Nobu, the popular and well-known Japanese fusion restaurant, has recently become a major target of Greenpeace and others. There are calls for boycotts of Nobu, and some Hollywood celebrities have jumped on the bandwagon. It is filling the news channels and blogs.
Why is this so? Because Nobu serves blue fin tuna.
On a recent Saturday night, Casson Trenor and members of Greenpeace staged a "dine-in" protest at the Nobu in Tribeca. They tried to place false menus and business cards at the restaurant, the menus listing dishes with endangered species such as Mountain Gorillas and the business cards stating that Nobu was specializing in endangered species. Some of the protesters also badgered the waitstaff about blue fin tuna and sustainability. Eventually, the protesters were asked to leave the restaurant.
There is no question that Nobu does serve blue fin tuna. Their menus do state that blue fin is “environmentally challenged” and customers are suggested to ask about alternatives. But are the protests and calls for a boycott justified?
I am very concerned about the lack of information being disseminated concerning Nobu and blue fin tuna. There are so many unanswered questions out there, yet I see few people, if any, pointing out that fact. Emotions and soundbites are being promoted over logic and analysis. It seems as if Nobu was chosen as a target solely because of their celebrity status.
I do not think people should blindly follow the call for a boycott of Nobu. Instead, they should first ask questions of Nobu's critics. Get them to provide the necessary answers that will provide justification for action.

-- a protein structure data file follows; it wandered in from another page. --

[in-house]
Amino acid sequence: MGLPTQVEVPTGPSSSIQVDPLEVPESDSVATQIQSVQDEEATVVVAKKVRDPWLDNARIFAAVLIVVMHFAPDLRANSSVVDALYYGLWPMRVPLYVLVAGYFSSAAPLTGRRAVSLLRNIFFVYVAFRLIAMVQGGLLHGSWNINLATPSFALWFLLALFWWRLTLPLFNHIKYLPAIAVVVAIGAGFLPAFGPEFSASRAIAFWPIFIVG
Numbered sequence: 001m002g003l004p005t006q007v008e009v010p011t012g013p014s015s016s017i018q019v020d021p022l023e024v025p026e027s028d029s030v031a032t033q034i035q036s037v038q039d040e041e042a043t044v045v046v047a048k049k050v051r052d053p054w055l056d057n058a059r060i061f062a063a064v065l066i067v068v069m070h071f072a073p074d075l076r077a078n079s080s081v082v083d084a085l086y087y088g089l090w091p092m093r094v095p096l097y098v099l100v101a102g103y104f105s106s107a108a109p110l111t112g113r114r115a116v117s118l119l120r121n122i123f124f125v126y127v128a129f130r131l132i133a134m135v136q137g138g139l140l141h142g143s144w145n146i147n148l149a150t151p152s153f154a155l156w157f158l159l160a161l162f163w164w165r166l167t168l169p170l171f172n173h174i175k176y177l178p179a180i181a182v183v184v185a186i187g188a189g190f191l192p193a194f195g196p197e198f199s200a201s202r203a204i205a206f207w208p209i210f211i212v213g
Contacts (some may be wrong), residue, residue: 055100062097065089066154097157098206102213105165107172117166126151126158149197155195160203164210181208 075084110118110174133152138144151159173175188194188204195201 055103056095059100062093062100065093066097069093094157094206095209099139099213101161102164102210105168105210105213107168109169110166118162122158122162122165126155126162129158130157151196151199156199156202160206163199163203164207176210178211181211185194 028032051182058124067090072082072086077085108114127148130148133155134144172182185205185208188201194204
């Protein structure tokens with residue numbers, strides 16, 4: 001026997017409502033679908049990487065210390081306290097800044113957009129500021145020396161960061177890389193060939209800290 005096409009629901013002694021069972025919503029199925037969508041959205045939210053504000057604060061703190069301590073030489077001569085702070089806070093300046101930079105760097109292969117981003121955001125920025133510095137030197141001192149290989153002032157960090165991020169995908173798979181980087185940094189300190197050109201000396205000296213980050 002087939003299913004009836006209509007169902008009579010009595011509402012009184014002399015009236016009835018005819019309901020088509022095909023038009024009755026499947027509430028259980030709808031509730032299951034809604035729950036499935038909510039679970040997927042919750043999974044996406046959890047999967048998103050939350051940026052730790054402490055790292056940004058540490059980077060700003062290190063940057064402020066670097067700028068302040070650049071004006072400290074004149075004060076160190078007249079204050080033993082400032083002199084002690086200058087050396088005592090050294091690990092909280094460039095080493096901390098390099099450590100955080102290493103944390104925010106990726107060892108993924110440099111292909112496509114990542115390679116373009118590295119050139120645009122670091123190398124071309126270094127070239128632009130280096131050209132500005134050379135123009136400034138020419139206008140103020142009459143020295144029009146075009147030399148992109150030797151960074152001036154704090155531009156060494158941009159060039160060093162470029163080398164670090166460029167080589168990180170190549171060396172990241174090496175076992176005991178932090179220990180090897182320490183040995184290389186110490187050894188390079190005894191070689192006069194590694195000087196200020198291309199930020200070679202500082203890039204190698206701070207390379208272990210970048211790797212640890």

Here are some of those questions:
Where does Nobu get their blue fin? Is the blue fin acquired by Nobu caught by sustainable methods?
Why has Nobu been selected as a primary target when so many other restaurants also serve blue fin tuna? Shouldn't the boycott be called on all restaurants that serve blue fin?
How much blue fin does Nobu purchase each year? And what percentage does that constitute of all the blue fin caught worldwide? Is Nobu really a significant offender? Who are the most significant offenders? What efforts are being taken against that greatest offender?
Where does the majority of blue fin tuna end up? What percentage of blue fin ends up in the U.S.? How many U.S. restaurants serve blue fin?
These questions are but a starting point for the discussion as the answers may lead to additional questions. And if the critics of Nobu don't have answers to these questions, that really calls into question their actions. Sustainability is certainly a very important issue but blind adherence is not necessary or warranted.
Update 6/8/09, 7pm:
I found a WWF FAQ on Bluefin Tuna in the Mediterranean which has some interesting figures. It is estimated that approximately 60,000 tons of bluefin tuna are caught in the Mediterranean each year.
"In the two-year period of 2004-2005, some 33,788,590 kg of processed fresh and frozen Mediterranean BFT (bluefin tuna) were imported by the EU, whilst 52,805,389 kg were imported by Japan, and 871,592 kg by the US. BFT is thus sold in almost all European countries. Within the EU, 15 per cent of the 2004-2005 imports went to non-Mediterranean countries such as Belgium, Denmark, Germany, United Kingdom, and Holland."
What that seems to mean is that the US imports only about 10% of the bluefin tuna. Japan is the largest offender and the European Union is also a significant offender.